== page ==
Kyno have released version 1.2 of their popular all-in-one media management application. Along with general improvements and bug fixes, the version 1.2 release has a host of new features that users should find very beneficial.
For workflows involving subclipping, transcoding or rewrapping Kyno now offers a number of new options for professionals dealing with large amounts of footage in their projects. Transcoding now allows for handles (i.e. extra space for adding transitions in the edit) to be added automatically when exporting subclips, even in batch operations. The handling of batch subclip export has become even easier than before allowing the user to select the wanted portions either using in/out points or by defining subclips. This feature is especially useful for people dealing with footage where only very small portions of clips are actually used, which is very typical for documentary work, drone or action cam material or long interview takes. To complete these export/transcoding/rewrap improvements, there is now greatly increased flexibility regarding the handling of file timestamps or timecodes in all of these operations.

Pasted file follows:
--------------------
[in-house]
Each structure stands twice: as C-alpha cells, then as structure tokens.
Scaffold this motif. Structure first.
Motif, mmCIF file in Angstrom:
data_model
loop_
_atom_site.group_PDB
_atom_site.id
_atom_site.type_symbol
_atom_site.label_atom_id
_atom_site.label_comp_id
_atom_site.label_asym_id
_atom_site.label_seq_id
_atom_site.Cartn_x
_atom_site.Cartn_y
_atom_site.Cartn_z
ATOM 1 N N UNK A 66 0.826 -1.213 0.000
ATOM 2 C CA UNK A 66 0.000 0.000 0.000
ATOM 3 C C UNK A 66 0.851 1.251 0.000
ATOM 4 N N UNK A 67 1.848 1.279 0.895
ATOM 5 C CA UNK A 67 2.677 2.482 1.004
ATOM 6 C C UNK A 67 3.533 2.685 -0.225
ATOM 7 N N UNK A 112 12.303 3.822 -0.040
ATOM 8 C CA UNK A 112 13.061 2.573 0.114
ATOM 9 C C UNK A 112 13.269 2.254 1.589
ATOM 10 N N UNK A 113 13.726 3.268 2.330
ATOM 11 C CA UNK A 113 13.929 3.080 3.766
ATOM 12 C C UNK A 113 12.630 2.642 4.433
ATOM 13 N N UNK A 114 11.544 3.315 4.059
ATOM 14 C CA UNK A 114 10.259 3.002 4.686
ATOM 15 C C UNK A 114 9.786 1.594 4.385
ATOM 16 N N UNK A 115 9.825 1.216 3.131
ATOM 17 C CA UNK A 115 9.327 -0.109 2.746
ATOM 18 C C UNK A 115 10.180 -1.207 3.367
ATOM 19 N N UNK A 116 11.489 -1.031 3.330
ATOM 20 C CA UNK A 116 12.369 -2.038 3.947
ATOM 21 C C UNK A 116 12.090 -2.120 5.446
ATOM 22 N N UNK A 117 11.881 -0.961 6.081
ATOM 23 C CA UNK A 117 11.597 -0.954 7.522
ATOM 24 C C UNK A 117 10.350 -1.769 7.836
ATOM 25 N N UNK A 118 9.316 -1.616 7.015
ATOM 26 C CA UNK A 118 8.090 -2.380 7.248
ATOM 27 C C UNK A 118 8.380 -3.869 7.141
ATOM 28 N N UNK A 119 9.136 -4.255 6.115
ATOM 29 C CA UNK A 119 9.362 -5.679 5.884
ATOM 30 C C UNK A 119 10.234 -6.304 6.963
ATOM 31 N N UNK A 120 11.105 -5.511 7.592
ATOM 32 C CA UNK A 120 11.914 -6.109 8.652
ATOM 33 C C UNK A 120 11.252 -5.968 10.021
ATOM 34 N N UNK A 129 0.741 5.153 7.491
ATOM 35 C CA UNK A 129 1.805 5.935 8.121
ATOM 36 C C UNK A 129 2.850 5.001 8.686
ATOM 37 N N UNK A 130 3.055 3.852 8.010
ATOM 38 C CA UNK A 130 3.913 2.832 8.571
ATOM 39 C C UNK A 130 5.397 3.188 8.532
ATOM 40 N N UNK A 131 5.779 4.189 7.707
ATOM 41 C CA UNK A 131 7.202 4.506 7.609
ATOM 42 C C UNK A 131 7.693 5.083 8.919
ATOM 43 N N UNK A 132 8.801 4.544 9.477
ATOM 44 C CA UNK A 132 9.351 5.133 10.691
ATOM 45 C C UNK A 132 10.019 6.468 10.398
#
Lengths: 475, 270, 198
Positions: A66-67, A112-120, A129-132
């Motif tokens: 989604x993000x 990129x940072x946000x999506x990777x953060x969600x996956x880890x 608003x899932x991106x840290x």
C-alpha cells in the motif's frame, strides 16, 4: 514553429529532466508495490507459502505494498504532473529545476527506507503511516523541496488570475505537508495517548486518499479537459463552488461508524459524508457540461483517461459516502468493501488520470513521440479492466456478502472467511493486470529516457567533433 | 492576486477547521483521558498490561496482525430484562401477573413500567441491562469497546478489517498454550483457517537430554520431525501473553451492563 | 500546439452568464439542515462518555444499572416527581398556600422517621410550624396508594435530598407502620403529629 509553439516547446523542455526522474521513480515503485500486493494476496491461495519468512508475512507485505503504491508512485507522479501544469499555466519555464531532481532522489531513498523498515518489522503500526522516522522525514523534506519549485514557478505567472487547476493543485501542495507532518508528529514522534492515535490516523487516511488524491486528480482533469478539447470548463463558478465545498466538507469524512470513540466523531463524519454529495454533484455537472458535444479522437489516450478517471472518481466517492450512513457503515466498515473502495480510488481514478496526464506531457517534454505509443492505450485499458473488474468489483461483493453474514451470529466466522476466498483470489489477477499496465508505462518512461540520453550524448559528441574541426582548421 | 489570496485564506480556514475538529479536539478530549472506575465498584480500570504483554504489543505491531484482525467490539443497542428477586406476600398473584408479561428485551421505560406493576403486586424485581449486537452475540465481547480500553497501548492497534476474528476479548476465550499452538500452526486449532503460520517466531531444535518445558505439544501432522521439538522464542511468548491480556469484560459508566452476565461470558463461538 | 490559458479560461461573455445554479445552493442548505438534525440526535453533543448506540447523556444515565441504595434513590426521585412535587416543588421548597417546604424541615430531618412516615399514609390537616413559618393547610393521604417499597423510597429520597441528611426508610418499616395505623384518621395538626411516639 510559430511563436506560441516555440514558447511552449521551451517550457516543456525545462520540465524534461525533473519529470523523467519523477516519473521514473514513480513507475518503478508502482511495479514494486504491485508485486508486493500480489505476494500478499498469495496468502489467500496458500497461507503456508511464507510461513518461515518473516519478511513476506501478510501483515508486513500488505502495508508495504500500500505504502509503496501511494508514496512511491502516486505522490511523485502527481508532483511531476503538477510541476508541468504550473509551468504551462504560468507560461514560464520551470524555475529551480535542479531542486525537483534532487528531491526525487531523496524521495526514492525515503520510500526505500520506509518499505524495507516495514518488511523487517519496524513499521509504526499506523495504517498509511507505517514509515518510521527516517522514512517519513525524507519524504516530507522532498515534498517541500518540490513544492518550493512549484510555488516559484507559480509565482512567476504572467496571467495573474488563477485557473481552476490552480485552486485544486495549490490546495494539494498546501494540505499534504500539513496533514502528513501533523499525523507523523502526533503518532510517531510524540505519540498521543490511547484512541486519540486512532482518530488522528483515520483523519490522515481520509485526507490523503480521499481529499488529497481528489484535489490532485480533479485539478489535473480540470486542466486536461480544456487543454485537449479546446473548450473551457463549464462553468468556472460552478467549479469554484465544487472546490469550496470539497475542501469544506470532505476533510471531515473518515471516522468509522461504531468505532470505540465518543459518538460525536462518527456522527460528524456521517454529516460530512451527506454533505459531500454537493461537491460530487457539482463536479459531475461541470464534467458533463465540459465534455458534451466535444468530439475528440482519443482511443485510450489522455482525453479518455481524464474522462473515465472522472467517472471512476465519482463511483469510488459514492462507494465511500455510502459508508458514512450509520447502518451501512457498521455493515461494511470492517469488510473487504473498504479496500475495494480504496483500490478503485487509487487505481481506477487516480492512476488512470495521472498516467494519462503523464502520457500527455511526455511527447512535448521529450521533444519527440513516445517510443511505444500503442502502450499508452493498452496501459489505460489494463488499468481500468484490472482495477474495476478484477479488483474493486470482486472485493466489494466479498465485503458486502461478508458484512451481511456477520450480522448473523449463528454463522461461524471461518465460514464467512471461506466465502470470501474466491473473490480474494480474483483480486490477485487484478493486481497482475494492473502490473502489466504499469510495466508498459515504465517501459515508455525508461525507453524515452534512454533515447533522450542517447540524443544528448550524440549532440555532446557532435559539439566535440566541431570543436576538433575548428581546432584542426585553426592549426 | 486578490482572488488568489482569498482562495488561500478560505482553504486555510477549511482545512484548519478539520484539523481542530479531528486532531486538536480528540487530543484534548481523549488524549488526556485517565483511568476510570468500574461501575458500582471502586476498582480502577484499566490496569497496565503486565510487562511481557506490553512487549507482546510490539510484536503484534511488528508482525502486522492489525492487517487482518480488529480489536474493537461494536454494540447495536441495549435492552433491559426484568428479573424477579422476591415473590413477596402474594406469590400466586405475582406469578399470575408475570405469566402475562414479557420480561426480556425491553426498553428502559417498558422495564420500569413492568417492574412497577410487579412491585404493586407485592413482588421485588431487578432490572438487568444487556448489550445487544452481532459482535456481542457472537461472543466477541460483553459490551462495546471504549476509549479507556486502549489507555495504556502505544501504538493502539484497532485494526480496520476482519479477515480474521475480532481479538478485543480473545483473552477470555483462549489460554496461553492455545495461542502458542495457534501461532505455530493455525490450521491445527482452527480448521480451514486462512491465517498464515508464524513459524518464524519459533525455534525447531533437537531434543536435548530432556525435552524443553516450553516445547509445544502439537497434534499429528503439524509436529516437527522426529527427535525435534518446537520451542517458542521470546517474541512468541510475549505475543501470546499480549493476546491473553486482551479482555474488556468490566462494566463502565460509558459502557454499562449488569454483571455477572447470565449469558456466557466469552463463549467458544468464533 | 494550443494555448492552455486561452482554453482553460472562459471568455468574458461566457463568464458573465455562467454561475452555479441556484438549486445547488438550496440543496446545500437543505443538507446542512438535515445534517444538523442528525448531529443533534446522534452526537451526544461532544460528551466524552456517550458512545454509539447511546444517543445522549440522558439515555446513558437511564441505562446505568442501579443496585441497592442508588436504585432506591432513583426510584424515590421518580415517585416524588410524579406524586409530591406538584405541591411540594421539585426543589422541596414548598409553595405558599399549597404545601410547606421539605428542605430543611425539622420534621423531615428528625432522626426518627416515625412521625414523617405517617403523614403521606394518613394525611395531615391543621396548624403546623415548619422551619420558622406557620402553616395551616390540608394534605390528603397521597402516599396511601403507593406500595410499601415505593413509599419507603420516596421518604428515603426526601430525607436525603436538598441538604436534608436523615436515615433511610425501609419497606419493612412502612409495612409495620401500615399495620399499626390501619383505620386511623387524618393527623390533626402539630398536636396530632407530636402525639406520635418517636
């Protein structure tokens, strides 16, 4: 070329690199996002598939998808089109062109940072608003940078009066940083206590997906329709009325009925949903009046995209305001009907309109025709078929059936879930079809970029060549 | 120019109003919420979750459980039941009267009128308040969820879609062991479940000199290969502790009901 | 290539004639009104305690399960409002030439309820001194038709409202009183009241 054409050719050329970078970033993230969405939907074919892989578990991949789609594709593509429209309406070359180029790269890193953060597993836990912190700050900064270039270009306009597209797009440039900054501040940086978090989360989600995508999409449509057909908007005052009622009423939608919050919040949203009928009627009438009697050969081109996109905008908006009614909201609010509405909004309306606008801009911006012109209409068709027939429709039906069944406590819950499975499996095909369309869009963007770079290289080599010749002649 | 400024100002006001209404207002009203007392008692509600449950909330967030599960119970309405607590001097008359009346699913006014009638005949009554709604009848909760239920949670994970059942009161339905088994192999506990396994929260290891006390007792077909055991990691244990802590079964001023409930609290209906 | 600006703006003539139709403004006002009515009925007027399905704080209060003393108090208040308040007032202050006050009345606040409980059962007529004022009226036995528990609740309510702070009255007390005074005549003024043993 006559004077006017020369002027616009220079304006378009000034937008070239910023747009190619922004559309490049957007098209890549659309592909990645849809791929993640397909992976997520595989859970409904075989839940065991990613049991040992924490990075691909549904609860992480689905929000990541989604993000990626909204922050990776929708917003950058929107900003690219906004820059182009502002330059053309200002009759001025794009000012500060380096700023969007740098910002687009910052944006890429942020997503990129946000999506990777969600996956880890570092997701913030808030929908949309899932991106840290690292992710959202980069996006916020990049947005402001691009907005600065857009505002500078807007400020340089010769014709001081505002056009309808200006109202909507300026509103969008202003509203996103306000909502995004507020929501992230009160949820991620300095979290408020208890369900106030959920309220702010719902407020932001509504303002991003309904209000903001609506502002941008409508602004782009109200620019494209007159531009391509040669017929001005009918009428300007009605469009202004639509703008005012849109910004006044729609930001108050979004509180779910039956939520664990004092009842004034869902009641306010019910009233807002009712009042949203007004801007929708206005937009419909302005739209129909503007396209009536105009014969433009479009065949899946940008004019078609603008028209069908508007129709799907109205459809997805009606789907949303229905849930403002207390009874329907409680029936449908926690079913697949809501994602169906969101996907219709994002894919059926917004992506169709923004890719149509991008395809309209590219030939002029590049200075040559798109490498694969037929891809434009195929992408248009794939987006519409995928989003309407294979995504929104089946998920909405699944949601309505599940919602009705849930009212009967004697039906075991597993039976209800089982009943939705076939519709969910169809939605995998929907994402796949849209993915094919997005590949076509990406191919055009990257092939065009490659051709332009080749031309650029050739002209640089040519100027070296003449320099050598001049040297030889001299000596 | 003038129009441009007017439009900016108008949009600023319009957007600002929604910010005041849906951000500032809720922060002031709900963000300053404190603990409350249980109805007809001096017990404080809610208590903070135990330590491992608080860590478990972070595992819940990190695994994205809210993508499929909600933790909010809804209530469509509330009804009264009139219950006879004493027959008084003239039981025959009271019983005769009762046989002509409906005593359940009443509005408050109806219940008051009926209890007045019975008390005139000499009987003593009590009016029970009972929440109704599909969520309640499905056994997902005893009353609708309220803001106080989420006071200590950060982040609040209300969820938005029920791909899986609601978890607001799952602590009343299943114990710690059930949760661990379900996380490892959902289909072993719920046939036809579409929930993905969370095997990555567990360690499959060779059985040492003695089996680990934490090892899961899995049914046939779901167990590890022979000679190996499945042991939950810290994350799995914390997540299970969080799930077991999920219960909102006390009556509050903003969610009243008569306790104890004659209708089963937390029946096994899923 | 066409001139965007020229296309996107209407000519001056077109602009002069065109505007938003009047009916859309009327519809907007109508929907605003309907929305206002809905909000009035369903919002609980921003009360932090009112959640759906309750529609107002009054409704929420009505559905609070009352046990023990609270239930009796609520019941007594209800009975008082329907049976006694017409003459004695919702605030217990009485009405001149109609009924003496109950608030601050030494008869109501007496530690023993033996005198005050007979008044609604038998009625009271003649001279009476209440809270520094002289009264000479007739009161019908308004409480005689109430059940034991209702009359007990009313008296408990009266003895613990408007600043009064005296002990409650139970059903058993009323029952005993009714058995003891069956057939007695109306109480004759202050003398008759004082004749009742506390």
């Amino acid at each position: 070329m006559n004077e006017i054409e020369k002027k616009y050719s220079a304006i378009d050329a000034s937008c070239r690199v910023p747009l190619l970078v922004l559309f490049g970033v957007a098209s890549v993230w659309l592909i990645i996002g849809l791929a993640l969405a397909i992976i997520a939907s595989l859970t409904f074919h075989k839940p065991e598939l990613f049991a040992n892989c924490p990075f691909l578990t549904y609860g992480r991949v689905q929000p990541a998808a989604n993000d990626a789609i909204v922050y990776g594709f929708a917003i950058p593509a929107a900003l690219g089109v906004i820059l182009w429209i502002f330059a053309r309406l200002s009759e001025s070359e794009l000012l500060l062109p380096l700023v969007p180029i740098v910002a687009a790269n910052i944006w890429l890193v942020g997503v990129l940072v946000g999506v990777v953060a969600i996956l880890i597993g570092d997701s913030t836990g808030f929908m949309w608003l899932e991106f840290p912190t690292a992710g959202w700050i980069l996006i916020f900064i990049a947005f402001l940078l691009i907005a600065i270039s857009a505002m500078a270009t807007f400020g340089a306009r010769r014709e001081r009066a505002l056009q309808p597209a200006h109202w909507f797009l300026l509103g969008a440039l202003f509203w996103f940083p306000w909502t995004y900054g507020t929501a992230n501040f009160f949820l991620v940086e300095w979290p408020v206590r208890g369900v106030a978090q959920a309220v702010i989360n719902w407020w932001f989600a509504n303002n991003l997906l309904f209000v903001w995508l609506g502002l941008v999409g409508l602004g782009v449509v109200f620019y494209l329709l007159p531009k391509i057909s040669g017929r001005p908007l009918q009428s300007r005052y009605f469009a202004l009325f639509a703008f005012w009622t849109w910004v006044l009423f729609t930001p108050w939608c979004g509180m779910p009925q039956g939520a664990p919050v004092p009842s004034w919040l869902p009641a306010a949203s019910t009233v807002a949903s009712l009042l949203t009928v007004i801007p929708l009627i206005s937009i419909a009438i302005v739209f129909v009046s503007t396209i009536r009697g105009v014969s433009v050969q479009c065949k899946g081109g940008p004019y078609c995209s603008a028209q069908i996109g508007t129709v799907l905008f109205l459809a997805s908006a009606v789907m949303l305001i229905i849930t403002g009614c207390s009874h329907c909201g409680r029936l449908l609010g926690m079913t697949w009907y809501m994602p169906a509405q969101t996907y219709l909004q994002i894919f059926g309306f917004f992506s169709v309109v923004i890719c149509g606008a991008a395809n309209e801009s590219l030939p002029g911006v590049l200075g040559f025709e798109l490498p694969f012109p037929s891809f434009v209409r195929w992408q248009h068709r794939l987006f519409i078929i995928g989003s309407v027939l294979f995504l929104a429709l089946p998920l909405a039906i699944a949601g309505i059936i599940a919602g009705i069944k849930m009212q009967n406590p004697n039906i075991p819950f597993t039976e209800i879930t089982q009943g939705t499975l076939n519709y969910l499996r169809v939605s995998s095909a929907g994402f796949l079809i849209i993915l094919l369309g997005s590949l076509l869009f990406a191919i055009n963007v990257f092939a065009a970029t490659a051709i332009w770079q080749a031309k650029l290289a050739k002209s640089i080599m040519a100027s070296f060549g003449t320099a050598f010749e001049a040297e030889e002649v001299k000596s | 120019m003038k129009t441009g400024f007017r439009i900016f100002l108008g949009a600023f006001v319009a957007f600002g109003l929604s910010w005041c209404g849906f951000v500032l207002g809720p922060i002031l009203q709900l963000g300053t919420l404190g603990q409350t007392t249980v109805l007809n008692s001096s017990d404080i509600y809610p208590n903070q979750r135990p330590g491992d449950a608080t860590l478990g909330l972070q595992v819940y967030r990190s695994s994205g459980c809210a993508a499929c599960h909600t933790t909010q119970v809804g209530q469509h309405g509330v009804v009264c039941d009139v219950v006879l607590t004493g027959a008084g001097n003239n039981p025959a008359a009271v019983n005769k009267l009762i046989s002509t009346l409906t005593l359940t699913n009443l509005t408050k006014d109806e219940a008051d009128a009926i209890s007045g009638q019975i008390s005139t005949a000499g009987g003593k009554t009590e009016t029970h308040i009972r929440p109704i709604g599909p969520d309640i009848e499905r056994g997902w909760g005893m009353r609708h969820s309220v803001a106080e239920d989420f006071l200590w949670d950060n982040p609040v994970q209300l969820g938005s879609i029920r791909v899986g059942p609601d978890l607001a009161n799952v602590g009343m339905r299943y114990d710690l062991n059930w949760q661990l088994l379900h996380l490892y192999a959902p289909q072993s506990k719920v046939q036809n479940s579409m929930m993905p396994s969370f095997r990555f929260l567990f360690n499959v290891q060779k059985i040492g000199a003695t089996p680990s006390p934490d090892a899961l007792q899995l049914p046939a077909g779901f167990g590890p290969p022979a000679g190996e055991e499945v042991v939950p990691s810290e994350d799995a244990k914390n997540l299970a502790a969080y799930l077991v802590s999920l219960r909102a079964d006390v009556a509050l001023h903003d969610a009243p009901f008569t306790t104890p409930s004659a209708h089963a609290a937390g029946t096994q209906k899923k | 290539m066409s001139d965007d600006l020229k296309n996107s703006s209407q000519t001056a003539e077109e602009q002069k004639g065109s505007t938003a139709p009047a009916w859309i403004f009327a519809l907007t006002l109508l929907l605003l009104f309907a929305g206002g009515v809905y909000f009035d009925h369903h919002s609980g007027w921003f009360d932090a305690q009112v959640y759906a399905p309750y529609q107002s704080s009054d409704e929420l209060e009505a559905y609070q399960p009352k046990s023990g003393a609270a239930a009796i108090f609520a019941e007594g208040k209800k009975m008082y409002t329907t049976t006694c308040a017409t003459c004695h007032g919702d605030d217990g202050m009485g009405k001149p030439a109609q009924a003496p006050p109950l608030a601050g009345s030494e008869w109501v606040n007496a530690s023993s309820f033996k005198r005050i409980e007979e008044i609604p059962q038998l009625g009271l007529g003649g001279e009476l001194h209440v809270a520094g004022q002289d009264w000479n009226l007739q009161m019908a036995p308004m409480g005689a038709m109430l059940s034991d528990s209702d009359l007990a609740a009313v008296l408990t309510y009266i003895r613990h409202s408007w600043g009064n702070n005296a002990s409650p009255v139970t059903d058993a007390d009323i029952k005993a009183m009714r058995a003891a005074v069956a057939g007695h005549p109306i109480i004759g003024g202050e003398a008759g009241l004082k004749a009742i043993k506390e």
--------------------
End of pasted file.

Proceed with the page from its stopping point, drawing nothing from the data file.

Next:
If you are a Final Cut Pro X user, this release features a complete overhaul of the FCPX export workflow. The way Kyno now translates its metadata to Final Cut Pro metadata is configurable in a variety of ways. For example, people who prefer working with keyword collections can use those for time range metadata whereas people preferring favourites, can use them for things like QC comments or interview transcriptions. This way Kyno offers the best of both worlds. The FCPX export user interface has also been completely restructured.
The formats that Kyno understands as of version 1.2 are Prores MXF, DNxHR, RAW image files from Olympus and Fujifilm cameras, Apple Core Audio, HAP video, gaming captures using the FRAPS codec, and for medical nerds or expecting parents AVI ultrasound videos.
A number of usability and performance-related improvements are claimed to make Kyno feel even smoother than it already is. I am a big fan of Kyno and I know of quite a few news organisations who are now using it as part of their workflow.